The PGA TOUR announced today their 2017-2018 season charitable contribution number, a record of $190 million. To celebrate this milestone, the Web.com Tour’s Utah Championship presented by Zions Bank, hosted by the Utah Sports Commission, is proud to share the story of Christian Pratt. Christian is a member of the Boys & Girls Club of Weber-Davis and is just one of many who benefited from the 2018 tournament general admission ticket proceeds.
This is Christian’s Story:
“Students that achieve greatness don’t always start out with greatness in mind.”
I remember the day that my life changed forever. It had started just like all of the other days in my childhood, with my mom taking my newborn baby brother and me for a walk in our neighborhood. When suddenly, from nowhere, she screamed in a panic, “HELP” at the top of her lungs “I can’t walk, I can’t move,” she said. When I looked back, I saw that she had fallen and couldn’t get herself back to her feet. I remember feeling scared and helpless, not knowing why my mom couldn’t do something as simple as walk. A short time later, we found out my mother had developed Multiple Sclerosis (MS). I remember the fear–all I wanted to do was help my mom, my hero, my number one fan, the person who had taken care of our entire family until this point, but I had no idea how.
Then, just before entering first grade, my mother moved us from Hawthorne, California to Ogden, Utah to live with my aunt in her trailer. She wanted to escape the nightly drug busts and gunshots and be closer to her family. As a Black child, the transition wasn’t even close to easy. Utah is a majority Caucasian state. In fact, every school that I have attended has less than 1% racial identity of Black for its student body. I felt different from the other kids, like an outcast and definitely a minority. But it wasn’t until the 4th grade when I was bullied on a daily basis did I truly understand that I felt lost, stolen, and strayed from who I felt I was inside, who I believed I could and should be. It was a horrible feeling. It was later that year when a classmate named Elijah reached out to me. He told me about a place where I would fit in, a place with fun and adventure. A positive place with caring mentors that even help you with your homework–The Boys & Girls Club. And boy, was I lucky because The Club had picked up students from their schools every day and brought them to its facility and even took them home afterward if their parents couldn’t. That night, I got the application filled out and went the very next day.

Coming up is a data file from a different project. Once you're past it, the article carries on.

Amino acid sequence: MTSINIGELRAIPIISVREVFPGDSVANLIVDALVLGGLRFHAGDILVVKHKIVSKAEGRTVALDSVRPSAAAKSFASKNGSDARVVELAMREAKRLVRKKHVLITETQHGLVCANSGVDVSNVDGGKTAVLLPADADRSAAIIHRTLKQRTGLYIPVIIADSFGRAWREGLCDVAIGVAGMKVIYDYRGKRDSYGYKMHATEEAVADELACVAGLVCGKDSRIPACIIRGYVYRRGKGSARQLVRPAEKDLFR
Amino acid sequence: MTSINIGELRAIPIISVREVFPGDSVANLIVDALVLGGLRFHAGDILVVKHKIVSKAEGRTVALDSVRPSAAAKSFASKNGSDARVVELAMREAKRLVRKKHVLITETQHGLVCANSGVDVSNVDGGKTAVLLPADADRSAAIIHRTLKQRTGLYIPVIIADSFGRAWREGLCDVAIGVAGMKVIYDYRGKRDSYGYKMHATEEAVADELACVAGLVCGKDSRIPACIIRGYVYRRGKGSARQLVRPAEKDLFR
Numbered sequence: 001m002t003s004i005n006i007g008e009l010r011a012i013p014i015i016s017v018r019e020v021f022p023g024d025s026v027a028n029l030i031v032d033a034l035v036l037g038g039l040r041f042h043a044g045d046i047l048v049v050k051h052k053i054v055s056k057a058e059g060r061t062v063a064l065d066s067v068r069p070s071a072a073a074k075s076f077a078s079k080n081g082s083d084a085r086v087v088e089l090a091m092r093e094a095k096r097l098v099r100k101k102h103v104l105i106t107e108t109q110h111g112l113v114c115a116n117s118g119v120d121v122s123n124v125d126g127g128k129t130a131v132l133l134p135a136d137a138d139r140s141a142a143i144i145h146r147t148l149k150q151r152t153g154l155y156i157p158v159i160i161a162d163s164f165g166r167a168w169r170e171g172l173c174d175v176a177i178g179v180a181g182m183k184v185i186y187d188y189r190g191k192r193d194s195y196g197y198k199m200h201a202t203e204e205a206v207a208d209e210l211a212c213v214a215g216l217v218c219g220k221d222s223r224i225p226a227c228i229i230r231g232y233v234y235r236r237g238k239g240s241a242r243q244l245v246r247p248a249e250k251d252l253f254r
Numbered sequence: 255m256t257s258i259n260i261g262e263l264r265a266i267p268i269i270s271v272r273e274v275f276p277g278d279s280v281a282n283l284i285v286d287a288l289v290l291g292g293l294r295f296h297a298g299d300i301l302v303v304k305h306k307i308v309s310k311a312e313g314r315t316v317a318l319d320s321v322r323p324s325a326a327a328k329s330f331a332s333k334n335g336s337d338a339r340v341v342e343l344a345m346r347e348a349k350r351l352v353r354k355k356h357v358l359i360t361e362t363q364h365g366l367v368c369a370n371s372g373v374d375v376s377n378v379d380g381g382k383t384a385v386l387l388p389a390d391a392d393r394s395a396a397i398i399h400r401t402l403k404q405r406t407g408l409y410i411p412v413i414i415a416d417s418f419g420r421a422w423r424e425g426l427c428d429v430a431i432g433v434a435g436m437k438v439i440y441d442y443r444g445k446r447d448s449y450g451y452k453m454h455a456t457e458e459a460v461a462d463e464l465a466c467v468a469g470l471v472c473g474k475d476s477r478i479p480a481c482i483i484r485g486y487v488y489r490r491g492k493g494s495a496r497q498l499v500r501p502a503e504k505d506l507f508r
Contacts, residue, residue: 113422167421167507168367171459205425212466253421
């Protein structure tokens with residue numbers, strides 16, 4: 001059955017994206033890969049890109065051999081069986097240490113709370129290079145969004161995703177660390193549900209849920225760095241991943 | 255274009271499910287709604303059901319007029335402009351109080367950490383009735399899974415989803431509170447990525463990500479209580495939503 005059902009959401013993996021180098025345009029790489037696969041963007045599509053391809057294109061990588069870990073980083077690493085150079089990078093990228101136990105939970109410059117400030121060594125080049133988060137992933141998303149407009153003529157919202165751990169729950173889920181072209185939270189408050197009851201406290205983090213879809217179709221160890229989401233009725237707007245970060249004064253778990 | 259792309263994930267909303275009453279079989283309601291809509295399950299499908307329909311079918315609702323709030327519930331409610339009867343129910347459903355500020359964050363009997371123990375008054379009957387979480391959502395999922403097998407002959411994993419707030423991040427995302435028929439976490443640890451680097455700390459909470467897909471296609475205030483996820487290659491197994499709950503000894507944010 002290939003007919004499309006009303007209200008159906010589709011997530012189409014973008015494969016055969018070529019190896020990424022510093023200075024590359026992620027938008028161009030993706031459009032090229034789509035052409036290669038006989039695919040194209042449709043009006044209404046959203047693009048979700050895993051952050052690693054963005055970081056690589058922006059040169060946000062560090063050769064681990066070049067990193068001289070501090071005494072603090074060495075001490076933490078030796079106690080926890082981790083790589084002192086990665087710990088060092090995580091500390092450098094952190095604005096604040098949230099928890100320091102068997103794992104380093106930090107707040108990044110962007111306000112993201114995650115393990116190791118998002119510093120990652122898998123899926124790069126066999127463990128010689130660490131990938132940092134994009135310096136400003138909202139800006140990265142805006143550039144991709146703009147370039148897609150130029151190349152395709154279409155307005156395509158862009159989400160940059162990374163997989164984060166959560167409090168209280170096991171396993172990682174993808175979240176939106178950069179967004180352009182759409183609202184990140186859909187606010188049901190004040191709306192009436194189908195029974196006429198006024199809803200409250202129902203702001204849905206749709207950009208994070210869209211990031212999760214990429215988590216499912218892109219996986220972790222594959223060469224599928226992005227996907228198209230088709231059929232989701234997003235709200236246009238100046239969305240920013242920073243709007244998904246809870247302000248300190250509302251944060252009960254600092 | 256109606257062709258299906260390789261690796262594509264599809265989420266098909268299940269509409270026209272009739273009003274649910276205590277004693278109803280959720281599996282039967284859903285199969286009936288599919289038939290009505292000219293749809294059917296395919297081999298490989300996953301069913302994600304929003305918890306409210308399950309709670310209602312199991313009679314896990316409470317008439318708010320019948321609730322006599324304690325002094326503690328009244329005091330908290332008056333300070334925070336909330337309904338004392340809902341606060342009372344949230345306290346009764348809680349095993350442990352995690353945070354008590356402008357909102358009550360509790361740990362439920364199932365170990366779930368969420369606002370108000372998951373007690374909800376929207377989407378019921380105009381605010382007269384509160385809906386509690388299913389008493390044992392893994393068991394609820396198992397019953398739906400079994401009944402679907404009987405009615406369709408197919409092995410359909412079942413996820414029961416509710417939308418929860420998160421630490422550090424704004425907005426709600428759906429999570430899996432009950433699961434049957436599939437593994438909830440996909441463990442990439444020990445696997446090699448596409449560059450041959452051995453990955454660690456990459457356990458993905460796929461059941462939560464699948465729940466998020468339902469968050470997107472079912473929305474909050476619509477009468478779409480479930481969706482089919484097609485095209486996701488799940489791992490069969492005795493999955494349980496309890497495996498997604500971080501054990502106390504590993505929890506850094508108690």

When I was a senior in high school and after being a member of The Club for several years, I finally understood what the Club had done for me. The Boys & Girls Club pulled me up from the bad place where I was and help to mold me into a successful individual that I was becoming. In 9th grade, I became part of Upward Bound, a Weber State University program that partnered with The Club to help under-represented kids understand what college-bound meant and taught us how to prepare to go to college. For the first time, I knew for sure that I would go to college–that I could achieve my dreams–College!
Since then I have aimed to become the best student I could be. At Ben Lomond High School, I became Involved in the YMCA, FBLA, Chick Fil – A Leader Academy, Coder Dojo, and became President of Robotics and Changemakers. Senior year, I achieved Boys & Girls Club’s greatest recognition as our Youth of the Year and earned a scholarship for my college room and board. I earned Sterling Scholar for Computer Technology at my school and was named Student of The Year for Ogden City School District. I graduated with a 4.75 GPA, ranked third in my class, and yes, I even had perfect attendance since seventh grade.
I have had to work hard for every single one of those achievements, and to this day I continue to do so. I currently attend Weber State and will graduate this spring with my associates while being in my first official year of college. I am also Involved in Emerging Leaders and Black Scholars Union and happily work at the Center for Community Engaged Learning helping students connect to their community.
Why do I do this you may ask? The answer is simple– I have a goal just like anyone else. I want to help those kids in Ogden who are struggling as I did. I want to help my family so that they don’t have to struggle each day to make ends meet. I owe it to them so that I can take care of them as they get older like my mom, who sacrificed for me when I was young. I want to help her pay for her MS medicine. I want to help them pay the bills as best as I can. And, I also hope to buy my parents a home of their own one day.
So am I lost stolen or strayed? No way, thanks to great people and organizations like the PGA Tour, my life is just beginning.